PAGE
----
The Cult of Domesticity Directions

Download 26.25 Kb.
Size26.25 Kb.
The Cult of Domesticity

  1. Write answers to the discussion questions for the entry corresponding to your last name. Explain your responses in full sentences.

  1. Last names

A to E—“The Angel over the Right Shoulder”
F- J—Chapter 35 of “The Planter’s Bride

K-S-- Chapter 1 of "Peculiar Responsibilities of American Women"
T-Z-- "Of the Public Function of Woman"

  1. Answer the Topic Framing Questions in complete sentences. Use information from your reading

Topic Framing Questions

  1. How did women of this period define themselves? What stories did they choose to tell?

  2. In what ways did these women exercise—and define—power and influence?

  3. How did the “cult of domesticity” shape the debate over woman’s place in antebellum American society?

  4. In what ways did this debate reflect the prevailing tensions of race, class, region, and religion in American society?

Elizabeth Stuart Phelps, "The Angel over the Right Shoulder," 1852


Online Archive of 19th-Century U.S. Women's Writings Site creator: Glynis Carr, Dept. of English, Bucknell University


This short story about a northern urban woman is the following exchange:

   --Husband: "Don't you wish you had never been married?"

   --Wife, after suppressing a "yes" response: "I should like the good, without the evil, if I could have it."

From this evolves an experiment in which the wife strives to create a life more fulfilling than merely keeping her "house and family in order." After her experiment fails, she has a dream in which the worth of her role as a wife and mother is revealed to her. Phelps, a well-known author of the time who addressed social issues, leads her story to a conclusion that is quintessentially nineteenth-century . . . or is it?
Discussion questions

  1. How does Mrs. James define a "fulfilling life" before and after her dream?

  2. Who is the judge of a woman's success or failure in fulfilling her role? Who or what bestows dignity on her daily duties?

  3. Is Mrs. James reassured or distressed by the message of her dream?

  4. Refer to the discussion questions for Gilman's "The Planter's Bride" to compare these two pieces.

Caroline Gilman, Recollections of a Southern Matron, 1838, Ch. 35, "The Planter's Bride"

Note: "The Planter's Bride" (Ch. XXXV, pp. 250-257) is near the bottom of this web page.

Documenting the American South Site creator: The University of North Carolina at Chapel Hill Libraries


Bostonian Caroline Gilman moved to South Carolina in 1819 with her minister husband, and twenty years later she wrote two books to contrast the domestic lives of northern and southern women (the first entitled Recollections of a Housekeeper). In this chapter, Cornelia Wilton is the new and as-yet childless wife of her beloved Arthur, filling her days with longing and distractions after her husband returns to his duties as plantation owner.

Discussion questions

1. How does Cornelia define a "fulfilling life" before and after her husband returns to his duties as plantation owner?

  1. How much influence does Cornelia exert in her own life? In the life of the plantation?

  2. Note Cornelia's interchanges with the plantation slaves. What insight do we gain from her reaction to Dinah's bearing? To her successful intercession for Dick, the runaway?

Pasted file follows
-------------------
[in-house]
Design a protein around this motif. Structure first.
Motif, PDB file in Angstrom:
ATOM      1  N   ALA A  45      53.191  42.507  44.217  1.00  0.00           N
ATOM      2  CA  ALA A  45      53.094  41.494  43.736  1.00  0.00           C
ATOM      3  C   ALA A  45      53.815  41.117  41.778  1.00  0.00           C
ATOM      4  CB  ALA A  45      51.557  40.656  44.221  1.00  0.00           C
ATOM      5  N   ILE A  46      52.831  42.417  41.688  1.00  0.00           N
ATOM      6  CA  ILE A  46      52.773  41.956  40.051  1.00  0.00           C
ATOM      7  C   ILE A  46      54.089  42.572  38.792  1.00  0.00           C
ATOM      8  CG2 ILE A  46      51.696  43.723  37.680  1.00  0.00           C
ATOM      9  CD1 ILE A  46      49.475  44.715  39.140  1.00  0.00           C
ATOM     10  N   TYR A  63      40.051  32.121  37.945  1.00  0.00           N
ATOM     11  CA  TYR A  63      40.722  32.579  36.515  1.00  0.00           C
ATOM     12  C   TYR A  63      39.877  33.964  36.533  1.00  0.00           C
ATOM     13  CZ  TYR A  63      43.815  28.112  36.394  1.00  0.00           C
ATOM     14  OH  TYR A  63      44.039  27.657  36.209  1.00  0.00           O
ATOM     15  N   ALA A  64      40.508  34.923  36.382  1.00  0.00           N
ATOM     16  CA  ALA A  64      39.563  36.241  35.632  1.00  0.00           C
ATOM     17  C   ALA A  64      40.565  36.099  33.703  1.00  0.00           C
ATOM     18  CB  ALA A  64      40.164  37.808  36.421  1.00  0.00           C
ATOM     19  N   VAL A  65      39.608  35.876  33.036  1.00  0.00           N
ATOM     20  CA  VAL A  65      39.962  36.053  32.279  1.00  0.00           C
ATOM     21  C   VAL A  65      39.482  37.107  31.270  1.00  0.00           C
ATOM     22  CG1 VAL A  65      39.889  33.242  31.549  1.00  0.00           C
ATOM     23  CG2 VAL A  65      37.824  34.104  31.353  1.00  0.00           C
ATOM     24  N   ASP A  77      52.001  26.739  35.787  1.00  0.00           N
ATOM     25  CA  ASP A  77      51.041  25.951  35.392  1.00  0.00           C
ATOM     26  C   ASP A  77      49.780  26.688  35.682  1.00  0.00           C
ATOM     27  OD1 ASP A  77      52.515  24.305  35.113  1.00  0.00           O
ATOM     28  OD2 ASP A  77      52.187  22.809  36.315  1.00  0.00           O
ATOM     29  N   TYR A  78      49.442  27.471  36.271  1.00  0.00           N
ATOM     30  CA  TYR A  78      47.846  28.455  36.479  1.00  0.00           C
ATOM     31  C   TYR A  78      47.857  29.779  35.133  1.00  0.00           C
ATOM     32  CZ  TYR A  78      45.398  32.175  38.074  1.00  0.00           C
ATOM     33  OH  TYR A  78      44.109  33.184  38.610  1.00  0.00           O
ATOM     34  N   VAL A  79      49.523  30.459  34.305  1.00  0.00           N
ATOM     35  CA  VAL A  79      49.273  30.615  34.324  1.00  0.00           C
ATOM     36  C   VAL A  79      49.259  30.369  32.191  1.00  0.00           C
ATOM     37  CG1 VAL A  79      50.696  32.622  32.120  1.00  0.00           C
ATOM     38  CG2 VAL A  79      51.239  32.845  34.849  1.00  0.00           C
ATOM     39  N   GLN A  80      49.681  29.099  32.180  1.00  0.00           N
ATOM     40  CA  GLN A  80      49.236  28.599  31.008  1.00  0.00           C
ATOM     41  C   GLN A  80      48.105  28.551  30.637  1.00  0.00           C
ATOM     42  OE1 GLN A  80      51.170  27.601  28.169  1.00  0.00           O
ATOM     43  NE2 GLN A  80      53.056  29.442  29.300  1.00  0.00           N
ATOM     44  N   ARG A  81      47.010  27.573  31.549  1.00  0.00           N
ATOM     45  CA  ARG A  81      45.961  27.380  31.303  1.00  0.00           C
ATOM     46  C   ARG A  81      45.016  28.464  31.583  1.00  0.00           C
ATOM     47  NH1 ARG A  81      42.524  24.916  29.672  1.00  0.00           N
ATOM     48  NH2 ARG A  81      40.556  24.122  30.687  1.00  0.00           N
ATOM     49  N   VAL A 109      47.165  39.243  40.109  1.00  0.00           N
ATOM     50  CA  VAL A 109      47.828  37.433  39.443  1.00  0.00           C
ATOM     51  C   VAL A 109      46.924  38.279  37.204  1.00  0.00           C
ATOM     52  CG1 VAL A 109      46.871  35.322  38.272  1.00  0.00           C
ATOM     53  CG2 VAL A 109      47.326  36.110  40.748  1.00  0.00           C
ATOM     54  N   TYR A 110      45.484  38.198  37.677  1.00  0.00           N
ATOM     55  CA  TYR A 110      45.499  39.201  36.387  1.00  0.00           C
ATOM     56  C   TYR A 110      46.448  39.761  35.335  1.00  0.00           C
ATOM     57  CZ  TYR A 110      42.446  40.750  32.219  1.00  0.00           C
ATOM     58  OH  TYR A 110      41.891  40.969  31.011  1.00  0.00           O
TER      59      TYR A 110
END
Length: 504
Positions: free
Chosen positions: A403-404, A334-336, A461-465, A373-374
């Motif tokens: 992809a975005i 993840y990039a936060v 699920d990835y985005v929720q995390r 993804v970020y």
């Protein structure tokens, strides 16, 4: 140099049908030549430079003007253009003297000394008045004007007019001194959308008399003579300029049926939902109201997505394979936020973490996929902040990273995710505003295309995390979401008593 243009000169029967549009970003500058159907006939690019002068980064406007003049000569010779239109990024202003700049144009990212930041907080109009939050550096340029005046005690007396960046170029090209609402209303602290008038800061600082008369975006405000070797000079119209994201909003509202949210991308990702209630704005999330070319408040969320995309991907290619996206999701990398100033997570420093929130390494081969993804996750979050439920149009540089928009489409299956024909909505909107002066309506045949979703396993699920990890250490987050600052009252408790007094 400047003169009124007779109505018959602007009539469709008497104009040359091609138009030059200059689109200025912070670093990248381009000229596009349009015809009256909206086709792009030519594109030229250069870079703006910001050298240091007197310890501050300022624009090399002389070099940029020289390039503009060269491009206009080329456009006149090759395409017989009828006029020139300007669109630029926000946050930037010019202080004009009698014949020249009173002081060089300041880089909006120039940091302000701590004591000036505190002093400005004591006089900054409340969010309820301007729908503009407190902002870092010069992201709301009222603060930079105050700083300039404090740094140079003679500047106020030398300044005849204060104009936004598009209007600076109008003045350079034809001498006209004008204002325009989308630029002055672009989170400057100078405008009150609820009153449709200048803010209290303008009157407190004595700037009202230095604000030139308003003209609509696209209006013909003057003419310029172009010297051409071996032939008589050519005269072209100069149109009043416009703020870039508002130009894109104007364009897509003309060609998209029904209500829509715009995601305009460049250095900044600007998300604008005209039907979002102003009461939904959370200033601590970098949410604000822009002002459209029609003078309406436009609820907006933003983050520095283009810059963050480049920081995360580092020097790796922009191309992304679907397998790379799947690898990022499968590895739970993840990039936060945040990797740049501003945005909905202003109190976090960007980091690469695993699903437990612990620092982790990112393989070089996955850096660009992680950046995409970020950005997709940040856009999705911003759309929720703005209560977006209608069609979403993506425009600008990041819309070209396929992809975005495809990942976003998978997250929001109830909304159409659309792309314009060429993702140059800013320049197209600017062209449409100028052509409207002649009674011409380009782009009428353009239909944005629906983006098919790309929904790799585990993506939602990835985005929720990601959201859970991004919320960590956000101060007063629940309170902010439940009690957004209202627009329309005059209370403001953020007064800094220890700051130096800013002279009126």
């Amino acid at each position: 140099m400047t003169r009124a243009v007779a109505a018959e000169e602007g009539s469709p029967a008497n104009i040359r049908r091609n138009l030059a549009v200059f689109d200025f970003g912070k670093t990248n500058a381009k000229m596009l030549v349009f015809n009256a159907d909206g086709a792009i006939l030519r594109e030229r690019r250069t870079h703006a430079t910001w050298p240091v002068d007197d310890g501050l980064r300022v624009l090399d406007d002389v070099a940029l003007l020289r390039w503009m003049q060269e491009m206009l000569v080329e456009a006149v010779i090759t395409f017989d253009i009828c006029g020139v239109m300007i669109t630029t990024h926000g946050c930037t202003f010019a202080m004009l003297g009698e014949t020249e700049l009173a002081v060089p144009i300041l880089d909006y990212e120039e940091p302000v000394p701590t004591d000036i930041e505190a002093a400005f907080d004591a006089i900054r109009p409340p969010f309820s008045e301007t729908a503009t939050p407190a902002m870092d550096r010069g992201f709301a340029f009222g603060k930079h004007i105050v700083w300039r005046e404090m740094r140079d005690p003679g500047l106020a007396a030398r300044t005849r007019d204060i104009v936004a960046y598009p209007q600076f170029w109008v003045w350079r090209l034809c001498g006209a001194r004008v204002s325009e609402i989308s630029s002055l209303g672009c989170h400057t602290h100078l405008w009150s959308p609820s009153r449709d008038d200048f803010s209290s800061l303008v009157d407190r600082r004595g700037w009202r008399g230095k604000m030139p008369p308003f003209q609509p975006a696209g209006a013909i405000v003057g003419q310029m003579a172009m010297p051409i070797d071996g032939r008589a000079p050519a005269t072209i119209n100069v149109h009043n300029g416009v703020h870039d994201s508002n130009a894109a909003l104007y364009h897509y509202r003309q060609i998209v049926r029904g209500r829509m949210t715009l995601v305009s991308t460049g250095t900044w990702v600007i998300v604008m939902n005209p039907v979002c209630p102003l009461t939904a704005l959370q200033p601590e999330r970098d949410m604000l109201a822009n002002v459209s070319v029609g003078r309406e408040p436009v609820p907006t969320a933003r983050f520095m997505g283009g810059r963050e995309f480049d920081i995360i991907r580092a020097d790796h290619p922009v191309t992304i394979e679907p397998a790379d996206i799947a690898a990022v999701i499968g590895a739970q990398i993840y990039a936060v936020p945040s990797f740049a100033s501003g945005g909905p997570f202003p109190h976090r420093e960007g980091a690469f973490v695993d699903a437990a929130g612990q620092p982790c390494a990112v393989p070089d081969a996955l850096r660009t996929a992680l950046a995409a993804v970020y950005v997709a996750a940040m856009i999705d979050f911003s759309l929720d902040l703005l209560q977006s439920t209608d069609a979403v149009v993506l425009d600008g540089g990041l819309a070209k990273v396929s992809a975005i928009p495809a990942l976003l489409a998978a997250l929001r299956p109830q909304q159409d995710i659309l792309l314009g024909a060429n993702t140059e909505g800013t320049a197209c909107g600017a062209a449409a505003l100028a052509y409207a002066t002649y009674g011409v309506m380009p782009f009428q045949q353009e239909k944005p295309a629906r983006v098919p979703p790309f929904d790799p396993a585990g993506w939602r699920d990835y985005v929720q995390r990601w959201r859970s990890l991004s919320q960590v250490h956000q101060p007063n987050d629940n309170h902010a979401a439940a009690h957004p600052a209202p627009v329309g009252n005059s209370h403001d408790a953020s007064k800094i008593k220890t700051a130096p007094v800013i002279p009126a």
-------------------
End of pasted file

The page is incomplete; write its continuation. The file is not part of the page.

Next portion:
3. What is Cornelia's advice to single young women considering marriage?


  1. Compare Cornelia's "moody discontent" with Mary James's "unsatisfied longings" (in Phelps's "The Angel over the Right Shoulder"). How do the two women judge themselves for having these frustrations?

  2. How do these two stories reflect the place and self-image of white women in antebellum America?

Reading highlights

  ·  Note the significance of Gilman's introducing the chapter by describing the motley furnishings of Bellevue.

Catharine E. Beecher, A Treatise on Domestic Economy for the Use of Young Ladies at Home and at School, 1841, Ch. 1, "Peculiar Responsibilities of American Women"
Note: From this page, select Ch. 1.

Uncle Tom's Cabin and American Culture

Site creator: Stephen Railton; Institute for Advanced Technology in the Humanities; Electronic Text Center and the University of Virginia


Here in one text are intermingled the themes of gender, religion, and emerging American identity, as Catharine Beecher (sister of Harriet Beecher Stowe and a crusader for women's education) offers a brief political treatise to introduce her book on homemaking, childrearing, and healthful living. Quoting abundantly from Alexis de Tocqueville's Democracy in America (1835/1840), she argues that woman's subordinate place in American society is the ultimate fulfillment of democratic and Christian principles, that women are happy in their place (and that Europe has it all wrong).

Discussion questions

  1. How is the "Golden Rule" the ultimate principle of both Christianity and democracy?

  2. By accepting a subordinate role, how does a woman fulfill her roles as Christian and citizen?

  3. How are women subordinate and yet superior to men, according to Beecher? At the same time, how are women of equal value as men?

  4. Does Beecher agree with de Tocqueville that American women "attach a sort of pride to the voluntary surrender of their own will"?

  5. To Beecher, what is the challenge assigned by God to America, and what is women's role in meeting this challenge?

  6. What does democracy offer to women?

Fanny Fern (Sara Payton Willis Parton), Fern Leaves from Fanny's Portfolio, 1853
Definitely appeal to students. Titles range from 1/2 - 2 pages.
Read 3-5 of these recommended "Leaves" Note: On this page, scroll to the Table of Contents (halfway down the page).

Voices from 19th-Century America

Site creator: Pat Pfleiger, Dept. of English, West Chester University


Vignettes written for the Boston True Flag, the New York Musical World and Times, and other periodicals, these pieces lure the reader with their witty style into the waiting fangs of Sara Parton, who bemoans the condition of American womanhood at mid-century. The predicaments of woman in all her roles—wife, bride, mother, mother-in-law, spinster, widow,—are illuminated in these short pieces that range from mournful tragedy to bristly satire. "I've a perfect horror of satirical women," announces one of her male characters. "There's no such thing as repose in their presence." Prepare to enter the presence of Fanny Fern.

"Look on This Picture . . . ," p. 16 "Comfort to the Widow," p. 47
"How Husbands May Rule," p. 116 "Woman," p. 133
"The Passionate Father," p. 135 "The Ball-room and the Nursery," p. 141
"A Chapter on Literary Women," p. 175 "Children's Rights," p. 188   

"Sorrow's Teachings," p. 192 "A Word to Mothers," p. 234